I stood in the surf, holding my plastic cup of beer, sipping the beverage and enjoying the salt air on my face, feeling happy.
Finn found his footing and positioned himself at the edge of the breaking waves….and prepared himself to take a dump.
Finn’s shit stance is unmistakable. He hunches down, his front paws and back paws lining up parallel to his shoulders. This stance makes him unbelievably unstable, yet it is his preferred method of excretion. He wobbles over his steamy pile, and we watch, concerned that he will fall and become a smelly, shitty mess.
This moment, Brian and I watched the wobbly shit show with no recourse. I carry a baggy of plastic bags, rubber gloves, and other poop cleaning materials, but it was 30 feet away on the concrete curb adjacent to the sand.
Also, the turds immediately got caught in the waves, rolling up and down the sand as the waves rose and fell.
Needless to say, the cute girls ran the hell away.
The moment I saw Finn’s poop stance, I started running towards him. Brian says I screamed, “What the FUCK!?” which, as would be expected, helped to gain the attention of everyone in the vicinity.
I considered briefly running through the sand and grabbing my prepacked shit cleaning bag, but it was 30 feet away and the turds were already lazily listing through the water.
“What the FUCK do I do?!”
It is worth noting that I don’t remember using such language, but I am assured that I did, as Brian laughed uncontrollably for about 45 minutes afterwards because of this single sentence.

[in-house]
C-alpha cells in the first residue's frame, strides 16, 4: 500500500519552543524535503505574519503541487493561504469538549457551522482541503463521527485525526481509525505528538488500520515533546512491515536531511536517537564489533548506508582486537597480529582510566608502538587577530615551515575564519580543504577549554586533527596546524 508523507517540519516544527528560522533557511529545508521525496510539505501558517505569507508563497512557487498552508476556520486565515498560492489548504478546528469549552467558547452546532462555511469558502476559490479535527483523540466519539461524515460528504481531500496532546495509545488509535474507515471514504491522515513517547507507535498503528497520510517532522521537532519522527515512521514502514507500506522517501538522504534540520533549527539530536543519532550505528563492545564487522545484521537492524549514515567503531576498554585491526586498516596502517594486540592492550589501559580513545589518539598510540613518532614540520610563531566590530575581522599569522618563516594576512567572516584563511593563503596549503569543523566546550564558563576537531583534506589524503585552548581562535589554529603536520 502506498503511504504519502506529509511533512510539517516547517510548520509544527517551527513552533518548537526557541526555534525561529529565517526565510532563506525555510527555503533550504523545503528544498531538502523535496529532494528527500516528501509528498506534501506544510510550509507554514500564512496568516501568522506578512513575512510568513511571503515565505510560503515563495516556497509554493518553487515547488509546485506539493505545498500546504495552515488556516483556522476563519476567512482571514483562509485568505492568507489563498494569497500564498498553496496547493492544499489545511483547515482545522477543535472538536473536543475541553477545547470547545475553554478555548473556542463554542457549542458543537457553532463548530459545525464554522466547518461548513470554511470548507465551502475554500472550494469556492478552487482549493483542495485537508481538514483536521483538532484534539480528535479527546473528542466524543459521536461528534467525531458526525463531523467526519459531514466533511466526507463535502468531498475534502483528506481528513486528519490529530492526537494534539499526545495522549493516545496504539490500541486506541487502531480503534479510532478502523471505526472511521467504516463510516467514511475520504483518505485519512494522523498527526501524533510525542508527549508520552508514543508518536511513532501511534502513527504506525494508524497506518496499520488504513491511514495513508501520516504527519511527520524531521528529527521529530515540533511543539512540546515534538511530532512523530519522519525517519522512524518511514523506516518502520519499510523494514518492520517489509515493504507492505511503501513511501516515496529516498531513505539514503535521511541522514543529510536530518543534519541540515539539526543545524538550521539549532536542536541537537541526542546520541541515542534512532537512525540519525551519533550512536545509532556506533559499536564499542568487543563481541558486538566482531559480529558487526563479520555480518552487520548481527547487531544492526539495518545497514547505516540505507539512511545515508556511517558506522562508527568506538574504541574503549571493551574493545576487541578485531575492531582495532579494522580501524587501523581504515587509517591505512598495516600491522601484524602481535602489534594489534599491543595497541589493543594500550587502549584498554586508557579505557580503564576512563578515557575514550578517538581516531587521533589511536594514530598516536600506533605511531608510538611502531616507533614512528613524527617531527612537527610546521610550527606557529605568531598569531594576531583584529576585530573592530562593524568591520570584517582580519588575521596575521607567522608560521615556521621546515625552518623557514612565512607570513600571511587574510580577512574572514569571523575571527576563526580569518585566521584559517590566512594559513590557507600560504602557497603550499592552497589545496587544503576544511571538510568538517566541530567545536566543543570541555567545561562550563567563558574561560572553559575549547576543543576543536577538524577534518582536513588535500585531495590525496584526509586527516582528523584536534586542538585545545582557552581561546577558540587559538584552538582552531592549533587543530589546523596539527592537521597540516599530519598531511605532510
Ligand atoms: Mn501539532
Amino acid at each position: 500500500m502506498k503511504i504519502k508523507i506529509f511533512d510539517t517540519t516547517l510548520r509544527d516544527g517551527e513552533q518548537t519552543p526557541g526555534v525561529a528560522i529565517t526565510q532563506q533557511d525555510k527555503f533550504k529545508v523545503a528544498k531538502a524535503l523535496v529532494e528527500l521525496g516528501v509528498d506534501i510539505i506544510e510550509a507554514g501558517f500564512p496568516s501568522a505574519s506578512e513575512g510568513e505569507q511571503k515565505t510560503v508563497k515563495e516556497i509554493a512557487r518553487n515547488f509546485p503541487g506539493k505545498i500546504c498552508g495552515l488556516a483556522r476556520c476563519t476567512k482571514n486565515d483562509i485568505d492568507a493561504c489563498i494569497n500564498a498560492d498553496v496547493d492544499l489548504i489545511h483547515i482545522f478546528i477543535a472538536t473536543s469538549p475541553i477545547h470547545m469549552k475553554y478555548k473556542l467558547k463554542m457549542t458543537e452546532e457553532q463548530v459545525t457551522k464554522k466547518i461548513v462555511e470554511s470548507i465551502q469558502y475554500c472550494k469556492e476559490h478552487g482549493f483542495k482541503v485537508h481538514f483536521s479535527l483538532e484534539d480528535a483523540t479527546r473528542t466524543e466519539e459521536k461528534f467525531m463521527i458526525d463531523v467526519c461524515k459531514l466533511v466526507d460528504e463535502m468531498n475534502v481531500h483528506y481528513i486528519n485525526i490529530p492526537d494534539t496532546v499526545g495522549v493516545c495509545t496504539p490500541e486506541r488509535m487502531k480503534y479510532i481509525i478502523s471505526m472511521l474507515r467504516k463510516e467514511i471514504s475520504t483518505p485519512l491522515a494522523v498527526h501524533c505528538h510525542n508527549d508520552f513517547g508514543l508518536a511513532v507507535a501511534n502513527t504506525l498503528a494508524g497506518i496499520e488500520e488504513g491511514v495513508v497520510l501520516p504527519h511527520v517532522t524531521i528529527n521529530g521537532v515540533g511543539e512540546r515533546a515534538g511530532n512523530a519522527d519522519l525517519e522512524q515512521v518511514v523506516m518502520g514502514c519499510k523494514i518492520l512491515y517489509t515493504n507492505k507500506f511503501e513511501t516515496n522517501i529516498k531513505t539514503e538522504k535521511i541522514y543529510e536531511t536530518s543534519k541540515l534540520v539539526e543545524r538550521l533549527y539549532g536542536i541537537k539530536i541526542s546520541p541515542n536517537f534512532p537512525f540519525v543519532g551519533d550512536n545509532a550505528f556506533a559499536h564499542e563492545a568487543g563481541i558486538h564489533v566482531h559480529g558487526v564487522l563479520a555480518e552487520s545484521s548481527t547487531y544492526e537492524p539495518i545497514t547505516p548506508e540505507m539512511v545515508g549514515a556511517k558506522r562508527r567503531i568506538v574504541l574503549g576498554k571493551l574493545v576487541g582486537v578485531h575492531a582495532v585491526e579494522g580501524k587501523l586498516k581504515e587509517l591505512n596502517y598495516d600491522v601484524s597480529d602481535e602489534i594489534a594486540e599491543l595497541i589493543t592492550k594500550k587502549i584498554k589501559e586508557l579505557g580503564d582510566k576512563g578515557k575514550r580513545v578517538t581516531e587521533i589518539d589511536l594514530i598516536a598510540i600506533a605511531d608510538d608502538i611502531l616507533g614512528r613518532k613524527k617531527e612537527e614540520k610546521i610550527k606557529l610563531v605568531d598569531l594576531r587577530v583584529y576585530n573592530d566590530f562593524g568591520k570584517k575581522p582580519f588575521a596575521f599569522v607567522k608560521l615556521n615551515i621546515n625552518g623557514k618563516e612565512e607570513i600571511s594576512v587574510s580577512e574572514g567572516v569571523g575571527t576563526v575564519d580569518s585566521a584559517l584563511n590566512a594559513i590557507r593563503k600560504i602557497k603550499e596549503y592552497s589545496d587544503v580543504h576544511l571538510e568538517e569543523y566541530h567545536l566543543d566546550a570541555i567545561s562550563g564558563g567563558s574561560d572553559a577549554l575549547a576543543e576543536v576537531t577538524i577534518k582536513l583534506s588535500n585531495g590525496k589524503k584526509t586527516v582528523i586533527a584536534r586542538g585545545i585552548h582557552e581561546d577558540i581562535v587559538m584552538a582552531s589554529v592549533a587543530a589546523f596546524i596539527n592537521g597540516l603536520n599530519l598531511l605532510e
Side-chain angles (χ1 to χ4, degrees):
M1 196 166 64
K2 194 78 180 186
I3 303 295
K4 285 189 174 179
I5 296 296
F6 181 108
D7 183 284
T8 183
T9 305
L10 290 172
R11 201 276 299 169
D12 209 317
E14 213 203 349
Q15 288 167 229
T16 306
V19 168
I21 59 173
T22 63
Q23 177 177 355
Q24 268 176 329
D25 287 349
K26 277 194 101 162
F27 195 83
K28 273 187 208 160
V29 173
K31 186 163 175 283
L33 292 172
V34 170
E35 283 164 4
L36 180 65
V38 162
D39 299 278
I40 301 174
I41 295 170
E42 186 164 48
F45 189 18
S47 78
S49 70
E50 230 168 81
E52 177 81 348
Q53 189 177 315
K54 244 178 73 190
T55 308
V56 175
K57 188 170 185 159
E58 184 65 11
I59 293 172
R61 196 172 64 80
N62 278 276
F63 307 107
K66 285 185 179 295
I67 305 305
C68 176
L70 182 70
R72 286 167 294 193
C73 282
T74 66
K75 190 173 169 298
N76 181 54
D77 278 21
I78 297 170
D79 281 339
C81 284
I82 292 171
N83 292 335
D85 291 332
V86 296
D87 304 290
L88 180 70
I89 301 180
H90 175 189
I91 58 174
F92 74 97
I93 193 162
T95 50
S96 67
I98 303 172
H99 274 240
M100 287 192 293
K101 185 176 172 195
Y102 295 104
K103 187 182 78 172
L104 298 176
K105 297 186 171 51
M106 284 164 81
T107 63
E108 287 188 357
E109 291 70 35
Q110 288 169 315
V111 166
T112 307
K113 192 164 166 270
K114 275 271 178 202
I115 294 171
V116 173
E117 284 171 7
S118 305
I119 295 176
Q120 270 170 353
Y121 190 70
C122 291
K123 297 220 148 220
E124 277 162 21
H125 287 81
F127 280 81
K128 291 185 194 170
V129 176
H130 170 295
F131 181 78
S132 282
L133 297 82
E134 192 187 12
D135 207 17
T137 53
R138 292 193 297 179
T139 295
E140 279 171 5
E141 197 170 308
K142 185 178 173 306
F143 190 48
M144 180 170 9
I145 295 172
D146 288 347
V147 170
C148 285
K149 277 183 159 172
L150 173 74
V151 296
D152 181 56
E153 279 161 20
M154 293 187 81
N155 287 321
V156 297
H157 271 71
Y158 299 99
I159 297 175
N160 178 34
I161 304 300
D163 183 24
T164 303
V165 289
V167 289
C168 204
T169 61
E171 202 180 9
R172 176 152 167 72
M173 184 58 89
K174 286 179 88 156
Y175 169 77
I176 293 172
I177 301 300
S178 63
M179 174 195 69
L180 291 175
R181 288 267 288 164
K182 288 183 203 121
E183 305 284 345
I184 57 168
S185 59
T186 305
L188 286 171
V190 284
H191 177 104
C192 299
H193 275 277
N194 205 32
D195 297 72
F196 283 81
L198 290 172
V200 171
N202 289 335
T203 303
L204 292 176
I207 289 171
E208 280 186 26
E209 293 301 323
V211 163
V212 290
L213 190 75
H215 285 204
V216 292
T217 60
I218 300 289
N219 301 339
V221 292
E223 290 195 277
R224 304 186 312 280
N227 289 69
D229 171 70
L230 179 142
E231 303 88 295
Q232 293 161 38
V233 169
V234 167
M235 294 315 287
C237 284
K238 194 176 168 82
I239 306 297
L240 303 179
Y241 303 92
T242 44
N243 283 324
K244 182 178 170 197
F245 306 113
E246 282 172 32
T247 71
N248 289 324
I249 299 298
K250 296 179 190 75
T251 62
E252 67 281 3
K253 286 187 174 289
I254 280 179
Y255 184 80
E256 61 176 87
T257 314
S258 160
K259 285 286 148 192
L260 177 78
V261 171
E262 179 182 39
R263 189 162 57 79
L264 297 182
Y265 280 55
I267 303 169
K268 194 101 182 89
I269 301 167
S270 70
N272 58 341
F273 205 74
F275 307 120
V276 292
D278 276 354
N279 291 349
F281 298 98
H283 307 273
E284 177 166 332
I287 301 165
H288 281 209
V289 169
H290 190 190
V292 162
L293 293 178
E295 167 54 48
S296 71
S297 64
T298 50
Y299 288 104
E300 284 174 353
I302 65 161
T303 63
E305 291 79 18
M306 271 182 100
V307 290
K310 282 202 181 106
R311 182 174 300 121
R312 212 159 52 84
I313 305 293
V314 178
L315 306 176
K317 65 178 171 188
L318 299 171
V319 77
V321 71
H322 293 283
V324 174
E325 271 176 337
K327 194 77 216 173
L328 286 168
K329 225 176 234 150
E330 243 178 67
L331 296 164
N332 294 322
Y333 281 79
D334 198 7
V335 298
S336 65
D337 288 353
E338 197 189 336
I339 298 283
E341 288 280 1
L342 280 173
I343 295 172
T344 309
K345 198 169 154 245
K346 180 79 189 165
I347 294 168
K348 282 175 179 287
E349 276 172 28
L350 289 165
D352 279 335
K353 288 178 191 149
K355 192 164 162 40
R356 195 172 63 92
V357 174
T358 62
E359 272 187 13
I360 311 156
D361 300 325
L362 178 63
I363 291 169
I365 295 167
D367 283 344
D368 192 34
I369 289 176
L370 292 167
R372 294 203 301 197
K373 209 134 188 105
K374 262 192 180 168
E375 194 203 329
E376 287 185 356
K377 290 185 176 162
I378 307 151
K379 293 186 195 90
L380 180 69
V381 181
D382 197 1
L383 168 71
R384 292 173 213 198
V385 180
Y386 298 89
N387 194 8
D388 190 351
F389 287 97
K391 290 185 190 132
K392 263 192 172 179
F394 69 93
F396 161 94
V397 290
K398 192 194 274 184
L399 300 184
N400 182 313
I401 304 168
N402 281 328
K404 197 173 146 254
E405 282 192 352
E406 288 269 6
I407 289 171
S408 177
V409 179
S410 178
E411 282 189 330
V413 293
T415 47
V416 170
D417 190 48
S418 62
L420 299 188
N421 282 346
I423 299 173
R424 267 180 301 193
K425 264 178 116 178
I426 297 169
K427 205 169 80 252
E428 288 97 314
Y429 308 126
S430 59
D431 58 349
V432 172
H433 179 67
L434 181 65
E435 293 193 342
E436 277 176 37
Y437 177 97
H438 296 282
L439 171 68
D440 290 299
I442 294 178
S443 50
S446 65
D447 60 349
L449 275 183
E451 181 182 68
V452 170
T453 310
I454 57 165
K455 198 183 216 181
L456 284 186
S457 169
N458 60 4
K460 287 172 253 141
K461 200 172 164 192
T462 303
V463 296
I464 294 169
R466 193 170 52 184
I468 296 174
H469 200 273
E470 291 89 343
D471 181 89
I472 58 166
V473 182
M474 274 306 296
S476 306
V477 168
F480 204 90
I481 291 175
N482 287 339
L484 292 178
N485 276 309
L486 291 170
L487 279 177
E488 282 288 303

“Use your cup!”
This is the helpful advice from Brian. My beer cup is still in my hand. I quickly chug the beer, because that is important.
Hastily, I bend down and use my now empty plastic cup to scoop up the closest piece of poop. In this time, it has become mildly bloated floating in the water. I easily capture a medium size piece of shit, and successfully fill the cup with salty water in the processes.
The ability to pour water out of a cup without also dumping a dog turd is one that I will always cherish.
The beach has now cleared out, and the turds have floated 20 feet down the shore while I hobble through the water and the uneven shore, attempting to catch the remaining pieces. I have never felt more like Jaws was happening. Or Caddyshack. But this was not a Baby Ruth.
I realize, a bit late, that there is no world in which I will be able to keep the current turd contained and still use the same cup to ensnare another. I quickly debate my options, and all seem like I’m going to have to get my hands dirty. As the pieces of poop get deeper, I begin to panic more and realize I will have to make the difficult choice.
I reach down and grab the turd with my bare hand.
It is surprisingly firm.
I quickly deposit it in the plastic cup, along with its friend. I stare, dumbfounded, at the plastic cup that once housed my beer, now occupied by two piece of dog shit, an inch of sand obtained in the scooping, and 4 inches of water.
“What the FUCK do I do with it?!”
I apparently get very mouthy in high stress situations.
“ Don’t drink it.”
Helpful Brian is helpful.
“Throw it in the trashcan!”
I trudge the 30 feet through the sand, and next to our towels and shoes is a trash can. I throw the water laden cup in the can and turn to look at my dog. He stares at me, unconcerned with the situation, only excited about the next wave crashing on the beach.
“I will never forgive you for this.” I say to him, walking back down to the breaking waves.
He looks me in the eye, squats, and pisses in the water, never breaking eye contact.
My dog has become an asshole, just like his parents.